What Counts with Counting

I may be wrong, but I believe the same notion of “counting” is presented in Vasubandhu (4thC) the Visuddhimagga (5th C) and Zhiyi, (6th C).

Before I withdrew from the Tibetan lineage Sangha I had taken refuge in back in 1985 and leaving all that behind me to turn to what is now called the Buddhism of the early Buddhist texts, I interpreted counting as using a Mala and accumulating formidable Mantra repetitions.

Now my understanding is that counting is counting from 1 to 10 again and again to steady the mind while watching the breath on your lips, for instance with no notion of keeping track so much as restraining your mind to the process of mindfulness on your breath.

And I assume the counting in those three presentations I mentioned is this kind - not an accumulation in the sense of amassing great repetition counts. Am I correct? I get the impression that this kind of detail is not really recorded in your earliest texts.

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This revealing observation tells us the third step in the first tetrad of Majjhima Nikaya 118 moves on to breath influence on the body as subject. For example the air element contributes to the production of the heat element in the body, just as a fire needs oxygen. Without breath all bodily processes would rapidly shut down. This kind of elemental awareness & sensitivity is a necessary basis for the second tetrad focus on feeling. If breath energy was blocked, pleasant feeling could not arise:


Anapanasati is included in the description of air as an element, and “coursing through the body” in modern terms means contribution of air to metabolism:

"“And what is the wind property? The wind property may be either internal or external. What is the internal wind property? Anything internal, belonging to oneself, that’s wind, windy, & sustained: up-going winds, down-going winds, winds in the stomach, winds in the intestines, winds that course through the body, in-and-out breathing, or anything else internal, within oneself, that’s wind, windy, & sustained: This is called the internal wind property.”

—Majjhima Nikaya 62

Yep! Losing count is merely a good indication that your mind wandered and getting to ten is a sign that your mindfulness was reasonably “connected” for that ~1 min. :grin: No need to count the groups of ten. Just focus on the current breath.

Have you read the Ānāpānasati Sutta? It doesn’t mention counting. It mentions mentally noting each breath as e.g. “breathing in” / “breathing out”



" The third and fourth steps introduce a different verb to describe the process of contemplation: in place of “he knows” (pajānāti ), the text now uses the expression “he trains” (sikkhati ). In the Ānāpānasati Sutta , this “training” covers altogether fourteen steps, in addition to the first two steps concerned with “knowing”. The use of the word “training” indicates some degree of additional effort on the part of the meditator, owing to an increased degree of difficulty in these steps. Such training seems to entail a shift to a broader kind of awareness, which also includes phenomena other than the breath itself."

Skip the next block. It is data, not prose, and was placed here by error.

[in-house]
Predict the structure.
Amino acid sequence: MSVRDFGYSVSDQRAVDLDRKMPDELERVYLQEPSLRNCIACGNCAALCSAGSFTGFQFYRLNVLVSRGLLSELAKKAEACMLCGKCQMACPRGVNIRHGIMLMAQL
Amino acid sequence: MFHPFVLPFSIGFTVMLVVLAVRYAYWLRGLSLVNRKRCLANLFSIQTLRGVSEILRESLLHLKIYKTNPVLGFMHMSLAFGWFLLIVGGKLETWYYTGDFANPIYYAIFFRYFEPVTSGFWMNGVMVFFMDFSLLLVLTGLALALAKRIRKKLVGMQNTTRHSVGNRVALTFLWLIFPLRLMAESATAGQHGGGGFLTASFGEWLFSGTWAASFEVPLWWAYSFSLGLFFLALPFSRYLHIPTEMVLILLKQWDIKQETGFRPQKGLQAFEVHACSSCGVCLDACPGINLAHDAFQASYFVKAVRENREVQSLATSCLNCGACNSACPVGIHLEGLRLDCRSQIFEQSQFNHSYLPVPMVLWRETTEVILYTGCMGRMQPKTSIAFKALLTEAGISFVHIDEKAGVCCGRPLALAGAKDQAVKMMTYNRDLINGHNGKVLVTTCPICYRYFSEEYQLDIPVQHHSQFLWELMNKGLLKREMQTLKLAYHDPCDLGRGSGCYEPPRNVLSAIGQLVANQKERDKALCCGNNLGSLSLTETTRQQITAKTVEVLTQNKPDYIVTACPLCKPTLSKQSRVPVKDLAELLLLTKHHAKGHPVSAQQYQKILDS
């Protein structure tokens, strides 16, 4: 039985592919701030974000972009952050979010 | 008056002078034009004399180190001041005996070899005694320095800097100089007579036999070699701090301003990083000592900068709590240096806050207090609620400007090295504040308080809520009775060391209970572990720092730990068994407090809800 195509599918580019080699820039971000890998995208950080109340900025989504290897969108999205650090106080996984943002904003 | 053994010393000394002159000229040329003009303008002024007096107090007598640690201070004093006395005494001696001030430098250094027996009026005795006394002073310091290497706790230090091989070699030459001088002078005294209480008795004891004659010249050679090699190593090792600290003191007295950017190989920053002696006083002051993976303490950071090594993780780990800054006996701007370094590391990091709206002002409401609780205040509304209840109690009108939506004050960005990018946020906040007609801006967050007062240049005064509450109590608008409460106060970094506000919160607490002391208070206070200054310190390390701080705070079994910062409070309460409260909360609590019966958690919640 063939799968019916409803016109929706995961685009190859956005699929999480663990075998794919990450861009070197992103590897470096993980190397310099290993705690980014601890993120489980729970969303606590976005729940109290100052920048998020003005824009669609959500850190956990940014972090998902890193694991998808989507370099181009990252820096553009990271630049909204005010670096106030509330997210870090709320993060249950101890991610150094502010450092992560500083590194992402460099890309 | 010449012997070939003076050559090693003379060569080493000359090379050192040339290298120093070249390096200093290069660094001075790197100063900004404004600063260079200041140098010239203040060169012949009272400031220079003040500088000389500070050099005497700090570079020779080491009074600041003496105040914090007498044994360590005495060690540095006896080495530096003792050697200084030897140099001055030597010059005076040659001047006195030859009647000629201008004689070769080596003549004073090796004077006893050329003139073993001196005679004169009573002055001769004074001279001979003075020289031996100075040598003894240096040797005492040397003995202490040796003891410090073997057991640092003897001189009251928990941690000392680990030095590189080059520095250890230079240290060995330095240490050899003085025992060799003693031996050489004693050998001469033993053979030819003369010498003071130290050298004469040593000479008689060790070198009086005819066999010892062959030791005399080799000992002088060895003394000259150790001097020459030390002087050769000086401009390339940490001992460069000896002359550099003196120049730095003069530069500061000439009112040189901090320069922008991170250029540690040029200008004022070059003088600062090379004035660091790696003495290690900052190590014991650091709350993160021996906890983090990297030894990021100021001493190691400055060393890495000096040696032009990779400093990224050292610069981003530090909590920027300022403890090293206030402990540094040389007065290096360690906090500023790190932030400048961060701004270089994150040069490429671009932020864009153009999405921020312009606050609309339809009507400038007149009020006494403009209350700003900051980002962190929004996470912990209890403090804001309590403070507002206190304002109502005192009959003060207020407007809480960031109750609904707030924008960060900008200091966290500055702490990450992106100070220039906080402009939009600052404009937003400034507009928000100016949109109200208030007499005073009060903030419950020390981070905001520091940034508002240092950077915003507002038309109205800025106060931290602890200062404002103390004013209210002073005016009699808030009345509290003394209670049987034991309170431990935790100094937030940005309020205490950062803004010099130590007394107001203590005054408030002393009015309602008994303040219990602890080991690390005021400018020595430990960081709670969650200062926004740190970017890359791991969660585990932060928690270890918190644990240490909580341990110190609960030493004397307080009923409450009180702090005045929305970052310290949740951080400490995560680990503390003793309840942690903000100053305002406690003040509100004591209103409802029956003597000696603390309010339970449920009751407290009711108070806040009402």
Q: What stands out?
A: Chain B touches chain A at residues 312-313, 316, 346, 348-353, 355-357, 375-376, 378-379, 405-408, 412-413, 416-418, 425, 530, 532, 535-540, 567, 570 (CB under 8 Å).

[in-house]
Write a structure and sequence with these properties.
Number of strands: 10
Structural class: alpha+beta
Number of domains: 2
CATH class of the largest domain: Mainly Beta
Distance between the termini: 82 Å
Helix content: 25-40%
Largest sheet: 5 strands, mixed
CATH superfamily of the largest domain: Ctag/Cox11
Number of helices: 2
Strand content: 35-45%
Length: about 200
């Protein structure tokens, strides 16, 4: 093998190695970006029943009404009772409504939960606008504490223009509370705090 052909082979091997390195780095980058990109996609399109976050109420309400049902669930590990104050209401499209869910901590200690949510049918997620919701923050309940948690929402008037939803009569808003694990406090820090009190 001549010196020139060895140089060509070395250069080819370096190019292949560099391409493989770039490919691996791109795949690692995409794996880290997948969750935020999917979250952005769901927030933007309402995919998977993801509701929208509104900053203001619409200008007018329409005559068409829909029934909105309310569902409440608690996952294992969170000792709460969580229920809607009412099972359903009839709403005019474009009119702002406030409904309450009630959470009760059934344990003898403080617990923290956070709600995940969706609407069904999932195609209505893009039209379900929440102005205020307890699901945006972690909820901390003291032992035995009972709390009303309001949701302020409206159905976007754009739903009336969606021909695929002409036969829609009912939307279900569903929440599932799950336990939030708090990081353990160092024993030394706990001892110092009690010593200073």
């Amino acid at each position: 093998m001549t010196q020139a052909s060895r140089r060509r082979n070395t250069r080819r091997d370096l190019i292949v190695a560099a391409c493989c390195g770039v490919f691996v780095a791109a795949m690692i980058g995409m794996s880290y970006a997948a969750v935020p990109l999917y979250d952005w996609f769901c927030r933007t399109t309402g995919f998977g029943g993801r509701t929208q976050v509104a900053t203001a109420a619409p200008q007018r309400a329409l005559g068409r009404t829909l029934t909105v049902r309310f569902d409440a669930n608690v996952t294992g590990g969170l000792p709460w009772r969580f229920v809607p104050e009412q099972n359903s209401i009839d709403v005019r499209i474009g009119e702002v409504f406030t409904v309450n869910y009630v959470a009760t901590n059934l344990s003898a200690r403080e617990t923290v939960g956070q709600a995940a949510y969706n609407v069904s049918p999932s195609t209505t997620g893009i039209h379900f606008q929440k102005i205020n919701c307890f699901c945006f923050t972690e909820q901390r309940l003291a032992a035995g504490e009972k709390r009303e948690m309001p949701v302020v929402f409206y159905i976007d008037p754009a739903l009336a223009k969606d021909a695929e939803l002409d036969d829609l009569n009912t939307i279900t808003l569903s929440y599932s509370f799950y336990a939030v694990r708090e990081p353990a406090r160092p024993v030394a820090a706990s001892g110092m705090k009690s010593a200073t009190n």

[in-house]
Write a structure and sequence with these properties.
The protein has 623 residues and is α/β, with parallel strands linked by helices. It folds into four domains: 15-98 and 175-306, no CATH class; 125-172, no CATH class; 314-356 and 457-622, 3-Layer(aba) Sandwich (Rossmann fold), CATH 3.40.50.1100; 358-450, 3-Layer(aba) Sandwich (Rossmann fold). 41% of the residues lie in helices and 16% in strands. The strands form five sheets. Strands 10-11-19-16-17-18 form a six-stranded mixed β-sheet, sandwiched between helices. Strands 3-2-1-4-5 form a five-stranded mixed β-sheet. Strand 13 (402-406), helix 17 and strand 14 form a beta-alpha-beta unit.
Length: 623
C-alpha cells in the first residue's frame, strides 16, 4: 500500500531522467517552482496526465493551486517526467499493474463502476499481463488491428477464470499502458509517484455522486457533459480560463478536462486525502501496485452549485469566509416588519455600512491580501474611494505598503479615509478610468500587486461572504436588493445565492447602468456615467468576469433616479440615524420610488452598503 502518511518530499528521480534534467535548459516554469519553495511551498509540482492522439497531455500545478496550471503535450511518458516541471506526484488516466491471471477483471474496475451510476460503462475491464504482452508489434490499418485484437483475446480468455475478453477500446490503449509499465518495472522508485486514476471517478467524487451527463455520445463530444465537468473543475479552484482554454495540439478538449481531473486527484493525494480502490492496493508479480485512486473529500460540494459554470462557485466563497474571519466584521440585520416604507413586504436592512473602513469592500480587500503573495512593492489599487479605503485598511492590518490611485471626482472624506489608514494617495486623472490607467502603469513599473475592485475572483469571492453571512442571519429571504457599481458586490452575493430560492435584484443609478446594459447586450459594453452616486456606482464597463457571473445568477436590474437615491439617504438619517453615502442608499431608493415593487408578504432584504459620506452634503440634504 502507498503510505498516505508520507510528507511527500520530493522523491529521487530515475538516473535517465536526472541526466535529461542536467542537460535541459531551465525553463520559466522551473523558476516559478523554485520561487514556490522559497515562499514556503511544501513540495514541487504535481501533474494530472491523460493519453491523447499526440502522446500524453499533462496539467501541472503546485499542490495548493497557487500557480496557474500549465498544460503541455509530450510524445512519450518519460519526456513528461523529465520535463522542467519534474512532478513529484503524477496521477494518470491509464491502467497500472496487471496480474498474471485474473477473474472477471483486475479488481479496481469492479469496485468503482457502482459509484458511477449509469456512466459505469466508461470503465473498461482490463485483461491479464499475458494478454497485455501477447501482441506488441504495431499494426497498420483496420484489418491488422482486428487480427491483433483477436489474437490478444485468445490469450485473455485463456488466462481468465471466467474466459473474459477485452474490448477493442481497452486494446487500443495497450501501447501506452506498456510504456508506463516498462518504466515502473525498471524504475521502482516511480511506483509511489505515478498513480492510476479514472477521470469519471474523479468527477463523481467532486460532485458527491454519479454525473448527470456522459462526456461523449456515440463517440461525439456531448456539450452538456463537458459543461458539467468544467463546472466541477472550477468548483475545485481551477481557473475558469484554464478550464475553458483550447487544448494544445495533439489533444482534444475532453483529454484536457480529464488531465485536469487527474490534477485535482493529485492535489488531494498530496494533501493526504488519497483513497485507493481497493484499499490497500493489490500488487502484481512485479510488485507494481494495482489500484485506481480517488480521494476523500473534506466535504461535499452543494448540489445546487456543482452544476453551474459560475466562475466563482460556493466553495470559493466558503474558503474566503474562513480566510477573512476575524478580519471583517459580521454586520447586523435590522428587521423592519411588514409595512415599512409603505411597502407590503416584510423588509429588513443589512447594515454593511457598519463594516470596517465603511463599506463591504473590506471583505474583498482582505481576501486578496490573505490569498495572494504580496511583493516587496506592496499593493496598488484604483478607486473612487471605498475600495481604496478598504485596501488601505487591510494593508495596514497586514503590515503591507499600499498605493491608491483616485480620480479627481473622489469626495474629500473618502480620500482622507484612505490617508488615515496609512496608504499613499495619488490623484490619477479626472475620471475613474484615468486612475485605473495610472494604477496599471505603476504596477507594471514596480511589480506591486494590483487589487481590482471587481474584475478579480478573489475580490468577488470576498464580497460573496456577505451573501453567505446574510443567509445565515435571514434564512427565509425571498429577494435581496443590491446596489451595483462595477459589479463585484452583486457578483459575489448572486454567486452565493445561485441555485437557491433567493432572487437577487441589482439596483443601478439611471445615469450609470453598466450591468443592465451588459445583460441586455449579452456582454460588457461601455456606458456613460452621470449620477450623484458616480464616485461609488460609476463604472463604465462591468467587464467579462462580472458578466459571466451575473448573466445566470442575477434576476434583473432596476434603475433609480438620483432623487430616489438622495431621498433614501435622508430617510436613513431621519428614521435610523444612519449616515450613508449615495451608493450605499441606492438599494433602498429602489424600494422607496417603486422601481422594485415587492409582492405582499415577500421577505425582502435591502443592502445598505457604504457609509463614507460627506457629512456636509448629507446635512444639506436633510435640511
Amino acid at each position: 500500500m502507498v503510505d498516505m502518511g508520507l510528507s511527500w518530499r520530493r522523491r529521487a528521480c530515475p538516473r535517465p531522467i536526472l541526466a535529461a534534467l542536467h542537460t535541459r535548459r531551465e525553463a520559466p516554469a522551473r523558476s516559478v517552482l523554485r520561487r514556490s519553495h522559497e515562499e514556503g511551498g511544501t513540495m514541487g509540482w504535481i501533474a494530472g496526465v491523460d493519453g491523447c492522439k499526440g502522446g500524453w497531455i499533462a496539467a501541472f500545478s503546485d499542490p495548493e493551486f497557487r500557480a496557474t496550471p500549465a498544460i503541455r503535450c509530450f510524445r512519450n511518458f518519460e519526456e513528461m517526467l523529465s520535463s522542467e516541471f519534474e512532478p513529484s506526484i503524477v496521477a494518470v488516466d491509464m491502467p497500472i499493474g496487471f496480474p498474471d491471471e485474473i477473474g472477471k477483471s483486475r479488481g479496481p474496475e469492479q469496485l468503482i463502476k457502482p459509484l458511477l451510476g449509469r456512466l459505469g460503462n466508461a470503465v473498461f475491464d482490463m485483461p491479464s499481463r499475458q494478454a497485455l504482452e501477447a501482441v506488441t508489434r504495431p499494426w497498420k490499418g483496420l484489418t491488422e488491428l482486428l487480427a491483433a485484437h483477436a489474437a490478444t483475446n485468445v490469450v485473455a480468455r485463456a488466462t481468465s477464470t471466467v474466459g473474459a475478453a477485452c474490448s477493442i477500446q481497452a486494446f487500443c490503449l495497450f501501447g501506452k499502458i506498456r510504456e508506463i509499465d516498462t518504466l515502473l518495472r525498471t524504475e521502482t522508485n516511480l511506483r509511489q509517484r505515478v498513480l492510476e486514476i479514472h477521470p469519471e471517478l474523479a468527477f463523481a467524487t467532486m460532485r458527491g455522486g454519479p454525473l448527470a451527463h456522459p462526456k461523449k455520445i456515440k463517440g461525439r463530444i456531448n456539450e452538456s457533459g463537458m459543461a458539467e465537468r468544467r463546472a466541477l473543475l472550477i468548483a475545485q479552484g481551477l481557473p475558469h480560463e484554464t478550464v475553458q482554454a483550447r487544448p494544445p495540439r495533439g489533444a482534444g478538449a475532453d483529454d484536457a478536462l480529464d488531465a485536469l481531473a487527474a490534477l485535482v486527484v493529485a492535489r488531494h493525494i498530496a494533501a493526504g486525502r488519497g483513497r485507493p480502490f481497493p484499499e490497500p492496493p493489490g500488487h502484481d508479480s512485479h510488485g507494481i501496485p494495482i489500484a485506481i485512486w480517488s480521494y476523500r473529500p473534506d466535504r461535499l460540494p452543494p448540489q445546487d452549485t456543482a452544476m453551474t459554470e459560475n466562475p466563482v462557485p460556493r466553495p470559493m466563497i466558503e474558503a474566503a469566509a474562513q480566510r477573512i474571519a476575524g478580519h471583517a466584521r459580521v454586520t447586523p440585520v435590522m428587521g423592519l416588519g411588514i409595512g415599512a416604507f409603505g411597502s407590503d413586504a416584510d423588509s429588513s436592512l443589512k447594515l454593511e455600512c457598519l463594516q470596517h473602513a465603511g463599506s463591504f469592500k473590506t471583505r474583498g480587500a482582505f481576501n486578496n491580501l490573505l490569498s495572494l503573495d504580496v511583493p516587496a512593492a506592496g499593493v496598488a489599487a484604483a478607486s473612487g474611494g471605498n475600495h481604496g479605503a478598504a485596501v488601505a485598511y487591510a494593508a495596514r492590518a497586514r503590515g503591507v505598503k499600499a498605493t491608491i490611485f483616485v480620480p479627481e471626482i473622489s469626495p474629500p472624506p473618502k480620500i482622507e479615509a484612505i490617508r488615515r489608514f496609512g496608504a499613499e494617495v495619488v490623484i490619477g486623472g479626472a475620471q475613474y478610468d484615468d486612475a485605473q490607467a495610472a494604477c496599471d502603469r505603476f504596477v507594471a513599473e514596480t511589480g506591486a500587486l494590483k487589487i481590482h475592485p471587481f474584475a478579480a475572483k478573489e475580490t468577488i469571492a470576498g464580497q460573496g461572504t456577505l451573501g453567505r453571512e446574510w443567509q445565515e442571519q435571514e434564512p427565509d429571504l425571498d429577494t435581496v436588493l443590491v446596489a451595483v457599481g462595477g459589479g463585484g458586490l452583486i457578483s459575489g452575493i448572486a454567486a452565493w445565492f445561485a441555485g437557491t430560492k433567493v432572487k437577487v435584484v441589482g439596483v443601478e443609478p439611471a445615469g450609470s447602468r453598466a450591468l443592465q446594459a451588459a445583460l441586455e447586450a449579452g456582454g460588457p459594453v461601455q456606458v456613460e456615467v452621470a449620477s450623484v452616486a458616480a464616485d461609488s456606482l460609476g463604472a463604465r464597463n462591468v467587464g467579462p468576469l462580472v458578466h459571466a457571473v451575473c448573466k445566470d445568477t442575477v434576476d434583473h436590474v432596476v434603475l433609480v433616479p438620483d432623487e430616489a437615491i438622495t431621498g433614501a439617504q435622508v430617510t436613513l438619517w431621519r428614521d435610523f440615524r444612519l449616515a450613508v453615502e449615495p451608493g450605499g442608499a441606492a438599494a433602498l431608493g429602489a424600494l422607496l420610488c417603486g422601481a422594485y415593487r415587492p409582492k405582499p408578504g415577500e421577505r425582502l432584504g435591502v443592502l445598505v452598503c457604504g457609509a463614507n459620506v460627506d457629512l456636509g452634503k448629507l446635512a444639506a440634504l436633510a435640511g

Who’s counting? 2 source quotes…

I have read that breath meditation and the early Buddhist texts had no
reference to elaborate Counting of the breaths but also I have now found
a reference to that is referencing Counting to breath meditation, but
alas I have found a second translation of the same text in which the
word counting dissolves into the ether. I would like some adult
supervision here.

Translation #1

From Internet Sacred Text Archive:
Udâna - IV. "Meghiya" UDANA 4.1 , CHAPTER IV.
“Meghiya.” p. 51

Moreover, Meghiya, the Bhikkhu who holds to these five conditions, must
give special attention to four other conditions; in order to abandon
lust he must dwell on the impurity (of the body), in order to forsake
malice he must dwell on kindness, with a view to the excision of (evil)
thoughts, he must practise meditation by (counting) inhalations and
exhalations; for the removal of the pride which says ‘I am’, he must
exercise himself in the consciousness of the impermanency of all things.
By the consciousness of impermanence, the consciousness of non-egoity is
established, and he who is conscious of non-egoity succeeds in the
removal of the notion ‘I am’, and in this very existence attains to

Translation #2

A Bhikkhu, Meghiya, who is established in these five things should
cultivate four additional things: foulness should be cultivated for
overcoming lust, loving kindness should be cultivated for overcoming
malevolence, respiration-mindfulness should be cultivated for cutting
off discursive thinking, the perception of impermanence should be
cultivated for the removal of the conceit “I am”.

Ireland, John D., trans. The Udana & The Itivuttaka. Pariyatti Edition.
Buddhist Publication Society, 1997. P. 48